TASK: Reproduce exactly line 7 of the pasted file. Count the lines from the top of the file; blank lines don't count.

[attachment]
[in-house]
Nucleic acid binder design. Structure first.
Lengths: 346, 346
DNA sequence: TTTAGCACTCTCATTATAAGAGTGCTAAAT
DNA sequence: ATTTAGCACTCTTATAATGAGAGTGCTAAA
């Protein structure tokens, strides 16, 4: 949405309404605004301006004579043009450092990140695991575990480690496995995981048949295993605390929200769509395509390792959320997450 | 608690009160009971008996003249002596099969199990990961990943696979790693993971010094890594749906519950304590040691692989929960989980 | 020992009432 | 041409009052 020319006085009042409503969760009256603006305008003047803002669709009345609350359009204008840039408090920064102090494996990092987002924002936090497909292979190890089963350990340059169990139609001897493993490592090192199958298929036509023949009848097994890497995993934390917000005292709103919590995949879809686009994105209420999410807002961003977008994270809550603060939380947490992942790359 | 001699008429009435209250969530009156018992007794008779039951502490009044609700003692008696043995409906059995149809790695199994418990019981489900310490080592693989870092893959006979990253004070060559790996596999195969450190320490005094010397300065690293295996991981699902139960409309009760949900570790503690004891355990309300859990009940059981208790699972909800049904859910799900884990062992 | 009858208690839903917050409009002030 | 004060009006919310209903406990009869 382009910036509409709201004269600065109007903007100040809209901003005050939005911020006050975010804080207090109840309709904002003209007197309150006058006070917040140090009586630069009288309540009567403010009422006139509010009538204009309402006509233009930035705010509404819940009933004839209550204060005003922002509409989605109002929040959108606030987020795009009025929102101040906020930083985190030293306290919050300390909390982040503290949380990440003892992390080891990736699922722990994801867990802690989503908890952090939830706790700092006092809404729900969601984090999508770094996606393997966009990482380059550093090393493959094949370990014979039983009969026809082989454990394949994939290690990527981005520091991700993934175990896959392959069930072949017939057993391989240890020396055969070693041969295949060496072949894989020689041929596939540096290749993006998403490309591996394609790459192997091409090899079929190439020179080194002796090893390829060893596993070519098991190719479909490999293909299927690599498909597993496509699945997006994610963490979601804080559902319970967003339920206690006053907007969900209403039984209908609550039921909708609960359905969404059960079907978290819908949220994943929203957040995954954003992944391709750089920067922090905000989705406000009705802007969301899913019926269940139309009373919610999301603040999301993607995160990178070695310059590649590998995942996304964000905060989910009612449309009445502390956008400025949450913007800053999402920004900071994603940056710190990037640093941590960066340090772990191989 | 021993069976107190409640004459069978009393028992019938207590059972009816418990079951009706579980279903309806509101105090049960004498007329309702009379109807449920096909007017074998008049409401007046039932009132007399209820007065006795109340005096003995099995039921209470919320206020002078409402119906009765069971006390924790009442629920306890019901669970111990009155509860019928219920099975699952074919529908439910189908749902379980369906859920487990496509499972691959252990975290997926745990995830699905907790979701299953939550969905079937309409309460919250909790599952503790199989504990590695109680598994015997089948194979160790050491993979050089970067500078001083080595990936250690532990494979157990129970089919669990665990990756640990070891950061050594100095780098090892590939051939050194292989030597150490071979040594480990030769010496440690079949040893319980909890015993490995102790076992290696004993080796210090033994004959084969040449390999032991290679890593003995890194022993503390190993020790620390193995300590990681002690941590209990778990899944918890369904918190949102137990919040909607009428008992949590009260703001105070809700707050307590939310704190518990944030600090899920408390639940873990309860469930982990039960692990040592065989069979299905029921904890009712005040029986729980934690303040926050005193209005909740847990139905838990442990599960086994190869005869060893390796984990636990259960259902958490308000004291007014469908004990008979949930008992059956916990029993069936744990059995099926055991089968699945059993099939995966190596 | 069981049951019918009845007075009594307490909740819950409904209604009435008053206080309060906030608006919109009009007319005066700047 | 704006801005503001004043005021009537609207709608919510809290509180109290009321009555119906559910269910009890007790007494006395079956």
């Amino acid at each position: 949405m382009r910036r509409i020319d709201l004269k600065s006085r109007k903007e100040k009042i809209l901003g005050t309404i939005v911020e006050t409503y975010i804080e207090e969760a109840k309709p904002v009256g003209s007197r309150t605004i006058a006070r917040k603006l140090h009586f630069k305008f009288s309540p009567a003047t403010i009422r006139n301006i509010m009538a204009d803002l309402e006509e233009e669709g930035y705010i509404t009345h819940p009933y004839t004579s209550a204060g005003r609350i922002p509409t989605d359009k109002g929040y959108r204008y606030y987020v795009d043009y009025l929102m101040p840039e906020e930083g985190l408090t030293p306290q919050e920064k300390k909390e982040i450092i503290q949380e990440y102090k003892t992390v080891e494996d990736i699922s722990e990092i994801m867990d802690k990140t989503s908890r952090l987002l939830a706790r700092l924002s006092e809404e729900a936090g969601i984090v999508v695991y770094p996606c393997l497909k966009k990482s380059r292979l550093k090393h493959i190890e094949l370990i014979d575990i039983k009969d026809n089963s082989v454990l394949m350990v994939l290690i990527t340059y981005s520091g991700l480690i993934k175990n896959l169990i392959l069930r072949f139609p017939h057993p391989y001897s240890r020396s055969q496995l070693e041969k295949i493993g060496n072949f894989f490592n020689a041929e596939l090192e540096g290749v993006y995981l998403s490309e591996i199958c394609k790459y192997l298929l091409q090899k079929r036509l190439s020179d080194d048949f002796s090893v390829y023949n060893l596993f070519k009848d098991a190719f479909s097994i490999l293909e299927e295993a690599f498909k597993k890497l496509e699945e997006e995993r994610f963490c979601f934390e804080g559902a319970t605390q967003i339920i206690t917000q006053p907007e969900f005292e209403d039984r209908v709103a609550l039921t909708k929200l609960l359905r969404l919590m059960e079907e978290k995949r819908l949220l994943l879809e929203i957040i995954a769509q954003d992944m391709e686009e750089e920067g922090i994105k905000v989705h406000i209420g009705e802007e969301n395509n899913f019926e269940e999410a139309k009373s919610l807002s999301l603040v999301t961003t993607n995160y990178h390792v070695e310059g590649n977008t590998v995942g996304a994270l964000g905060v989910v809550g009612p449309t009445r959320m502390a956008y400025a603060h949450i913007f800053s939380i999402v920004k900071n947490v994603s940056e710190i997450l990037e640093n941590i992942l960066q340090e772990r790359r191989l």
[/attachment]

């Amino acid at each position: 949405m382009r910036r509409i020319d709201l004269k600065s006085r109007k903007e100040k009042i809209l901003g005050t309404i939005v911020e006050t409503y975010i804080e207090e969760a109840k309709p904002v009256g003209s007197r309150t605004i006058a006070r917040k603006l140090h009586f630069k305008f009288s309540p009567a003047t403010i009422r006139n301006i509010m009538a204009d803002l309402e006509e233009e669709g930035y705010i509404t009345h819940p009933y004839t004579s209550a204060g005003r609350i922002p509409t989605d359009k109002g929040y959108r204008y606030y987020v795009d043009y009025l929102m101040p840039e906020e930083g985190l408090t030293p306290q919050e920064k300390k909390e982040i450092i503290q949380e990440y102090k003892t992390v080891e494996d990736i699922s722990e990092i994801m867990d802690k990140t989503s908890r952090l987002l939830a706790r700092l924002s006092e809404e729900a936090g969601i984090v999508v695991y770094p996606c393997l497909k966009k990482s380059r292979l550093k090393h493959i190890e094949l370990i014979d575990i039983k009969d026809n089963s082989v454990l394949m350990v994939l290690i990527t340059y981005s520091g991700l480690i993934k175990n896959l169990i392959l069930r072949f139609p017939h057993p391989y001897s240890r020396s055969q496995l070693e041969k295949i493993g060496n072949f894989f490592n020689a041929e596939l090192e540096g290749v993006y995981l998403s490309e591996i199958c394609k790459y192997l298929l091409q090899k079929r036509l190439s020179d080194d048949f002796s090893v390829y023949n060893l596993f070519k009848d098991a190719f479909s097994i490999l293909e299927e295993a690599f498909k597993k890497l496509e699945e997006e995993r994610f963490c979601f934390e804080g559902a319970t605390q967003i339920i206690t917000q006053p907007e969900f005292e209403d039984r209908v709103a609550l039921t909708k929200l609960l359905r969404l919590m059960e079907e978290k995949r819908l949220l994943l879809e929203i957040i995954a769509q954003d992944m391709e686009e750089e920067g922090i994105k905000v989705h406000i209420g009705e802007e969301n395509n899913f019926e269940e999410a139309k009373s919610l807002s999301l603040v999301t961003t993607n995160y990178h390792v070695e310059g590649n977008t590998v995942g996304a994270l964000g905060v989910v809550g009612p449309t009445r959320m502390a956008y400025a603060h949450i913007f800053s939380i999402v920004k900071n947490v994603s940056e710190i997450l990037e640093n941590i992942l960066q340090e772990r790359r191989l």